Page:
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Guest Post: The writing endeavours of Byron Edgington

Byron Edgington

Since my second book has just gone live on Amazon in paper and digital, it seemed like a good opportunity to scribble a bit about the project, and my writing endeavors generally, so here goes.

I’ve been a writer as long as I remember, possibly in utero, though it was pretty dark in there as I recall. As the second of ten kids I couldn’t get a word in sideways, and that’s why I write. Someone much smarter than me once said “I write to explain the world to myself,” and that sentiment resonated with me, so…

The word MEmoir starts with ME, so that’s the genre I first published in. No astonishing surprise there; memoir has been declared dead and buried so many times that the Christian resurrection story pales in comparison. My own view of this genre is that, since broken, wounded, fearful and vain human type beings dragged our knuckles over and squatted around campfires in the great rift valley, we’ve held a crying and constant need to tell what happened to us: where we trekked that day in search of protein; how big and friggin’ scary that protein source was; how we lost our favorite club in the raging river; and how happy Ooshlan made us last night with her wetted parts. That particular narrative has survived eons of shared campfires, anxious treks and lost clubs, not to mention the quest for each others’ wetter parts. We’ll never tire of telling our stories, thus memoir persists and will thrive.

Even our religious canon is wrapped around such core stories: For starters we have the Garden of Eden/Rangi & Papa of the Maori people/the Kiva of the Pueblo/Deva emerging from the lotus and countless other creation myths. Along the way we have Biblical/Talmudic/Koranic and other archaic documents which codify the decent life: Heaven/Valhalla/Asgard/Avalon/the Elysian fields etc. etc.

Of course, Christian myths track the same arc. I grew up with the Adam and Eve tale, Cain and Abel, Christ crucified and the allegedly true historical Jesus, a fellow who knew he was going to die if he did certain things, but did them anyway, and along the way condemned all suicides. Go figure. I wasn’t allowed to question it; the nuns said it was a sin to do so. Just believe, they said. “It’s a mystery.”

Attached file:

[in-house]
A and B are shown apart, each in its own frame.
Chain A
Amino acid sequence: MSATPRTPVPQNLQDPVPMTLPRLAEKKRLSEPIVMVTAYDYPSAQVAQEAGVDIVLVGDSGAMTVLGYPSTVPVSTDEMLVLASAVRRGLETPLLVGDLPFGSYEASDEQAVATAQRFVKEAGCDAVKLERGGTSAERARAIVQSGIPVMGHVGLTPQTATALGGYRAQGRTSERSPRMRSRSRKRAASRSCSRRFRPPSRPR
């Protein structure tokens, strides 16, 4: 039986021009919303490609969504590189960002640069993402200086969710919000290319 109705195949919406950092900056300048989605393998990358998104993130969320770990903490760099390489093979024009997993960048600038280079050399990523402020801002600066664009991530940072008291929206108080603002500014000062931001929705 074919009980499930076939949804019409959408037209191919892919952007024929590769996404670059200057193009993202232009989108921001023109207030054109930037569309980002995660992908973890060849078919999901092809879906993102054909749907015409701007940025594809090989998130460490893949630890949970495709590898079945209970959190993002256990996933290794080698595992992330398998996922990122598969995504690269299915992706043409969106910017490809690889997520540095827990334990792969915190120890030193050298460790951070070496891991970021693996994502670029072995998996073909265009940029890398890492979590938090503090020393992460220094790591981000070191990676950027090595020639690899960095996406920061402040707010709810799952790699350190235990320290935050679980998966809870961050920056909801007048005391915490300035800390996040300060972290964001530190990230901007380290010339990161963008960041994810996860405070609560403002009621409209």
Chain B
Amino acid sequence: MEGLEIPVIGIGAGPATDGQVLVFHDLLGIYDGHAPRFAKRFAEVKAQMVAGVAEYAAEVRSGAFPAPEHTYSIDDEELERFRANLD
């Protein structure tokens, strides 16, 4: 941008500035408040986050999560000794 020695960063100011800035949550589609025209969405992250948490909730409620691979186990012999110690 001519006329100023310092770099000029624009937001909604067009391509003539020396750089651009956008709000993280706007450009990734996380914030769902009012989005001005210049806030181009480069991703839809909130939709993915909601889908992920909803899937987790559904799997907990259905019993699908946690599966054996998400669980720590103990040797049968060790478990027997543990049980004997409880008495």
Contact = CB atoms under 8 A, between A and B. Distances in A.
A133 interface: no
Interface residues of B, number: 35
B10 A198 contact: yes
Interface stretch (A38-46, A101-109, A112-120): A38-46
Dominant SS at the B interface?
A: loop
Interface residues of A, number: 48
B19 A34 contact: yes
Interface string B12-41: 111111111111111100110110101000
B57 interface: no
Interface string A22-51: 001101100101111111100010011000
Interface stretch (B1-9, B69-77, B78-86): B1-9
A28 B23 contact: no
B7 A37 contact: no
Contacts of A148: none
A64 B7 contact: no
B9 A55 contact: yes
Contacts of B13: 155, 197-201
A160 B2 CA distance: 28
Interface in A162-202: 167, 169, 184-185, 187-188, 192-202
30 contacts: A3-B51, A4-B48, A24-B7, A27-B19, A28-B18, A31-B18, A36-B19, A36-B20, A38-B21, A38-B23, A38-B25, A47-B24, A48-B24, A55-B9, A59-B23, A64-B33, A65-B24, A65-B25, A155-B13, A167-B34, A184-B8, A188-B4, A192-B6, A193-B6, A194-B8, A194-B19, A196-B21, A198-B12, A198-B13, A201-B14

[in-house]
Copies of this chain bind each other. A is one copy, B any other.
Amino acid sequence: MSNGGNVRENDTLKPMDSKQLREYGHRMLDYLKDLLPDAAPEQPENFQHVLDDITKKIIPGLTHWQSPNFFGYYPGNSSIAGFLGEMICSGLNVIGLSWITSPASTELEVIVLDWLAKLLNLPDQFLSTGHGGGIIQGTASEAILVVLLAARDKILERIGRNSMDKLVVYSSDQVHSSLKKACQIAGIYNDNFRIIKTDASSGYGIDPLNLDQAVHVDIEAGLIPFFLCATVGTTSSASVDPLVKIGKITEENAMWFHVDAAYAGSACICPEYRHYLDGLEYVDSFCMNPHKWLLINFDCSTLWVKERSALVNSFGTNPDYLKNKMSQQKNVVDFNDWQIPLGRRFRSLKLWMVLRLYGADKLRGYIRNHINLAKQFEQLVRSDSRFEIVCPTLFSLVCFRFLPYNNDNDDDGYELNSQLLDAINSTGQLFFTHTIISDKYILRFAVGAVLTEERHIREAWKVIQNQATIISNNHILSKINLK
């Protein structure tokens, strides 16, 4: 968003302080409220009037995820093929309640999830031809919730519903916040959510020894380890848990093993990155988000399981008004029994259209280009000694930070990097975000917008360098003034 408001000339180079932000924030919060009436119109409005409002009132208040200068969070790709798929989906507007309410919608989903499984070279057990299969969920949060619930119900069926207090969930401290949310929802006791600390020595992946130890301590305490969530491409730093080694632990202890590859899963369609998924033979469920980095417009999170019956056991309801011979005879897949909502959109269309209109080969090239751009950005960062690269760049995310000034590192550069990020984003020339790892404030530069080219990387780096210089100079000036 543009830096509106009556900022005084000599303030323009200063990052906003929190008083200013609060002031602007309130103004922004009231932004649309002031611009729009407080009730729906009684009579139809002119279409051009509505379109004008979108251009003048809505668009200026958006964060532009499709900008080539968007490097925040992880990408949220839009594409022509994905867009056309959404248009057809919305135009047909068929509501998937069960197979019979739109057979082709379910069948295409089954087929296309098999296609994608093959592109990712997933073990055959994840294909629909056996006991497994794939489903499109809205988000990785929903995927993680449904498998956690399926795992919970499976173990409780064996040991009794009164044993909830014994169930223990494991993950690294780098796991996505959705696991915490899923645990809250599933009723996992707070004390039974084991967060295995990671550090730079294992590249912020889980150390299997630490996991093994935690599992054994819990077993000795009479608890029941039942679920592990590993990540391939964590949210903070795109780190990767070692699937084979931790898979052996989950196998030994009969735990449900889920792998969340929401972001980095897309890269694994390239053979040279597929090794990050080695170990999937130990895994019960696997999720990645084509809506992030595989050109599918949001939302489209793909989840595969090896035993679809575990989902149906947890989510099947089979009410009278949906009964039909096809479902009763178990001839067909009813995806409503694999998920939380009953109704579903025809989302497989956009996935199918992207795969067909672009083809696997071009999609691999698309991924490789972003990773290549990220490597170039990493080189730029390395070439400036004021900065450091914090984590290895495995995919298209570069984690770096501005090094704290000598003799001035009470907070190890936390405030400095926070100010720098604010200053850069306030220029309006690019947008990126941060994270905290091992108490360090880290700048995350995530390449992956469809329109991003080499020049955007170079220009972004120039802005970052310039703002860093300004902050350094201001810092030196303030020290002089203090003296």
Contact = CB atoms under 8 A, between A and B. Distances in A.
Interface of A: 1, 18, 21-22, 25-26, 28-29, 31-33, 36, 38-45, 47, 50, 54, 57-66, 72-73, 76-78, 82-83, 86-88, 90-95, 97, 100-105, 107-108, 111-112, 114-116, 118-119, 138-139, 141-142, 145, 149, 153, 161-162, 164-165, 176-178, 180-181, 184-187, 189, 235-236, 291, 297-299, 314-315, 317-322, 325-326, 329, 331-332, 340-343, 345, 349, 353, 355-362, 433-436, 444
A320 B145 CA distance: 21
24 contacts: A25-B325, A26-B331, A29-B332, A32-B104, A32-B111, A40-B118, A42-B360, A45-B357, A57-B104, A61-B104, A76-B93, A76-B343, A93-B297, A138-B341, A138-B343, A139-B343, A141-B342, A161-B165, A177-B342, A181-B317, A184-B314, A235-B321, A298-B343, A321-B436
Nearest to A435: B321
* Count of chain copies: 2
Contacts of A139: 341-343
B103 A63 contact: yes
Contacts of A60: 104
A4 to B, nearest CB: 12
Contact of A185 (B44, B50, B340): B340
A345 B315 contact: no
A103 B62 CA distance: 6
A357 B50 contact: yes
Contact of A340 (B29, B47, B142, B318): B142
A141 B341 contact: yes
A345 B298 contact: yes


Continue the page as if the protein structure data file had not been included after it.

Speaking of Christian stories, and sinful inquiry, I do label myself a recovering Catholic, and that nagging ailment informs a lot of my writing. Indeed, I’m currently at work on a second memoir, this one titled Balancing Earth and Sky, Confessions of a Recovering Catholic. This book picks up where the first trails off, unpacking much of my personal journey from second pup in an Irish Catholic litter of ten, to my seminary experience, getting shown the door there and subsequently getting drafted. In Balancing Earth and Sky I write about my interactions with my father, our similar dreams and dashed hopes, our political, social, ethical and ideological differences and the tension that exposed, and how the two of us made our peace with all that human clash and chaos at the end of his life.

Confession may or may not be good for the soul, as they say, but disclosure certainly is good for the writer’s soul, especially the memoirist’s soul. Just so, I was  (am) one of those victims of child sexual abuse much in the news, having been exposed to the predations of a member of the Catholic clergy when I was fourteen, in a minor seminary. That ingredient in my makeup seasons some of my writing as well, though I’m happy to report that the abuse itself is now something I’m almost grateful for, believe it or not, since it opened my previously gullible and unquestioning eyes to the myths and magic of religion.

Moving on, my first writing success came with The Sky Behind Me, a Memoir of Flying and Life. Published in November 2012, the book has done reasonably well, despite my amateurish promotional efforts. Based on my forty year career in the cockpit of commercial and military helicopters, TSBM takes readers all over the world—to Vietnam, where I flew Hueys in combat for a year with 101st Airborne Division, to Alaska herding bears, spotting tuna offshore from Chile, reporting news and traffic in several big towns, counting power poles all across the MidWest and flying self-important business chumps to their appointed rounds. Flying for the University of Iowa hospital in Iowa City, I carried 3,200 emergency medical patients in twenty years of hard, cold, anxious and extremely gratifying Air Medical aviation. Finally, on the Hawaiian island of Kauai I flew 2,500 tours to cap a marvelous career in the sky.